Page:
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The Magic Cafe Forum Index » » Tricky business » » Scam Inquiries/Weddings (0 Likes) Printer Friendly Version

KeirRoyale
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Denver, CO
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Anyone noticed the correlation between people sending bogus inquiries for shows and how many of them seem to be for weddings? I just got another Gigmasters lead that got flagged as bogus (and I could tell it was suspect at a glance because of all the grammatical errors and the references to overly proper English, ie: Dear Sir, we require the honor of your presence) and yet again it was for a wedding. Just wondered if anyone else had noticed the same thing?
Mindpro
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While I have not noticed it specifically from GM I have received two e-mails exactly as you describe with the wording that makes it very suspicious. Especially when they get to the part addressing our pricing.

These make me wonder how many people do they get to fall for this stuff or to respond. I guess it's no surprise that they have now figured how to use GM or other sites to approach potential victims.
D_avid
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Only if you fit "50th Anniversary" in the same category Smile
Christopher Starr
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The wedding angle could be that they are trying to scam several types of entertainers, from bands to dj's, and decided to add magicians to the mix. Just a thought.

CS
Mindpro
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Yes, Christopher you may be correct. I have a couple of friends that are DJs and yes, from what we've discussed they too are being approached and solicited, I believe through both emails and wedding directories they advertise in.
TRUMPETMAN
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Naples, FL
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This tired old scam comes back around every few months. It has ended up in my email inbox about four times in the past five years. The bad grammar is a dead giveaway that it is a scam conducted by someone from a non-English speaking country. The last one I received claimed to be from France.
Mark Pettey
Naples, FL
facebook.com/robbietheringmaster
Bill Hegbli
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I don't see how these would be scams. You send your contract for signature and a 50% deposit in cash from Western Union. Now you just wait for the money to arrive. If anyone is scammed it is the other guy. Don't accept checks, don't accept transfers of any kind. They can use PayPal of course.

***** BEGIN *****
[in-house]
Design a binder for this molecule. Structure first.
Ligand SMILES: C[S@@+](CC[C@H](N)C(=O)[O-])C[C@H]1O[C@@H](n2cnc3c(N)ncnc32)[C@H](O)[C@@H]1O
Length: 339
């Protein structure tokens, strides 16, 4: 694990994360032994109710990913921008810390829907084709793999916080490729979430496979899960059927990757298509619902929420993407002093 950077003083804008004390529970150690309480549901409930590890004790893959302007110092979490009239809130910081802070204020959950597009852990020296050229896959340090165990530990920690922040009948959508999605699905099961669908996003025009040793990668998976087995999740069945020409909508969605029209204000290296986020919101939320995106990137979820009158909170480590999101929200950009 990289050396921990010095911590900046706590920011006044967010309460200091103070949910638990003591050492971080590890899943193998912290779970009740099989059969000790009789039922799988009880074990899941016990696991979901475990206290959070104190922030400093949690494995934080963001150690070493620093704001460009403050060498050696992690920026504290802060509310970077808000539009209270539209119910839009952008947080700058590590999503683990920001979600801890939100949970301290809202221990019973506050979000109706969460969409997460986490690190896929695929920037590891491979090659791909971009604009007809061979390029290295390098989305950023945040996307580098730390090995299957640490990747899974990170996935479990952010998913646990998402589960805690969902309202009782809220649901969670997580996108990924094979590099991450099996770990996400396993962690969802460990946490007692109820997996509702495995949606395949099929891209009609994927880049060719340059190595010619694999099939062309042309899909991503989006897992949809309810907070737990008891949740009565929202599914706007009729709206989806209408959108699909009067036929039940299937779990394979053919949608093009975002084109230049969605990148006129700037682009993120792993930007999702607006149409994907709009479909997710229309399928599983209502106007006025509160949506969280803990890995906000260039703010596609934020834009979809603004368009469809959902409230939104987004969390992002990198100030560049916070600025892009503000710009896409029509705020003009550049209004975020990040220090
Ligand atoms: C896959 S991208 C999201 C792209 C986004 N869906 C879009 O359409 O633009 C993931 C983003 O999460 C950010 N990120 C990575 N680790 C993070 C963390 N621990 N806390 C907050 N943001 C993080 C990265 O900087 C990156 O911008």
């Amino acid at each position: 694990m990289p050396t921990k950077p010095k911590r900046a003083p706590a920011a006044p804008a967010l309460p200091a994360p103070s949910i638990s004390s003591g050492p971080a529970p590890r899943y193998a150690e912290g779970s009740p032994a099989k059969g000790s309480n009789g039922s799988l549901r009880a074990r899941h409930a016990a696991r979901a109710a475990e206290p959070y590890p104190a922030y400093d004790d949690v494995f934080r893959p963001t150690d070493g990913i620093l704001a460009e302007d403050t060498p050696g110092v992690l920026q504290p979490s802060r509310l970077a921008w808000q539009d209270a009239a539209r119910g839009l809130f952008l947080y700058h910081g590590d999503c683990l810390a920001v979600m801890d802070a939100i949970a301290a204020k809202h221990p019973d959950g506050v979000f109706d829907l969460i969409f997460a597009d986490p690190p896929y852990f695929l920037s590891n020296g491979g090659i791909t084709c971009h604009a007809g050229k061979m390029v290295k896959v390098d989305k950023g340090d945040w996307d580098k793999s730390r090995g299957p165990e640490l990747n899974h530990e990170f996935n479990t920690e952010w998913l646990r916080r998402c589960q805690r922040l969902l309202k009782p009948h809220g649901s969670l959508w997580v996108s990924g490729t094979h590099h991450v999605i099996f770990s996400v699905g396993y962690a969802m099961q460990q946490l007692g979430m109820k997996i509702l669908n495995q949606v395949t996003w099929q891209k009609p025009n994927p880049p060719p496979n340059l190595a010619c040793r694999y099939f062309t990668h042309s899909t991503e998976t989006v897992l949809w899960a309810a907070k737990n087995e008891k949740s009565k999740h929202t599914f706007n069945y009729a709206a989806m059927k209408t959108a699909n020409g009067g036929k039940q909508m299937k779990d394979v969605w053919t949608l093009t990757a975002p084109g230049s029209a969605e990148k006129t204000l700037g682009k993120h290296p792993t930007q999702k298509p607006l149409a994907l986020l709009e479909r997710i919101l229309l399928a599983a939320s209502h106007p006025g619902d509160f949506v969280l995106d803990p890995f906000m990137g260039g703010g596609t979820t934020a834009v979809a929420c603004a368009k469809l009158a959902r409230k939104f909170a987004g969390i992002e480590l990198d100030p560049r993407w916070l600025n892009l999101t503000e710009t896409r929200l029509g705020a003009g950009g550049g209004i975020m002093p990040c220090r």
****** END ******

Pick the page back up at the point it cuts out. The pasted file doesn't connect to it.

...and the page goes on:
I know a professional magician that got an inquiry to show this Arab gentleman some magic and teach him a few card tricks. He was to go to a high rise suite in Atlanta, I believe, and he was being paid $2,500.00 plus travel expenses and air fare. I told him it did not sound legit. He of course went along with the person, and came out very well in the end.

As a business person, I cannot see trying to judge a show inquiry. You have nothing to lose, but an email or telephone call. If they start that double talk about sending a check and sending some back, drop it. Just you remember, you get your deposit on your terms. Otherwise, you will not do business with them.

As far as bad grammar, translators are not perfect, it may be the software they are using. I would always check out all show inquires, just use common sense when dealing with them.
stempleton
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Here is a post that addressed this practice some time ago. I refer in my post to a great article that outlined the similar experiences of the writer/magician that explained how those "Western Union" checks take a while to verify, making the scam work.
http://www.themagiccafe.com/forums/viewt......um=44&25
Mindpro
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Quote:
As a business person, I cannot see trying to judge a show inquiry. You have nothing to lose, but an email or telephone call. If they start that double talk about sending a check and sending some back, drop it. Just you remember, you get your deposit on your terms. Otherwise, you will not do business with them.


As a business person I do this every day. I can not see NOT judging or qualifying each inquiry. There are certain criteria that each inquiry must be met before I would ever even consider pursuing the inquiry, price being only one of them.

Most of these scam have other common elements that are included. Like they are from a foreign country, "you came highly recommended", but the man including in the money, terms and payment. Most want to wire or send you a cashier's check for your amount plus additional funds for something else for you to give them or pay for something before or once they arrive.

The Better Business Bureau had a notice about this warning a while back also claiming may of these are Phishing leads. Those that respond are later contacted for other offers.
KeirRoyale
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Wmhegbli in short it works like this. They agree to hire you and send you a check for the agreed upon amount + an extra sum of say $2,000. "Woops" they say, we accidentally sent you the money for the wedding photographer also. Can you please cash the check and Western Union the $2,000 on to the photographer please? Your bank will likely cash the check but a few days later you will get the bad news and be left holding the bag after you sent $2,000 via Western Union.
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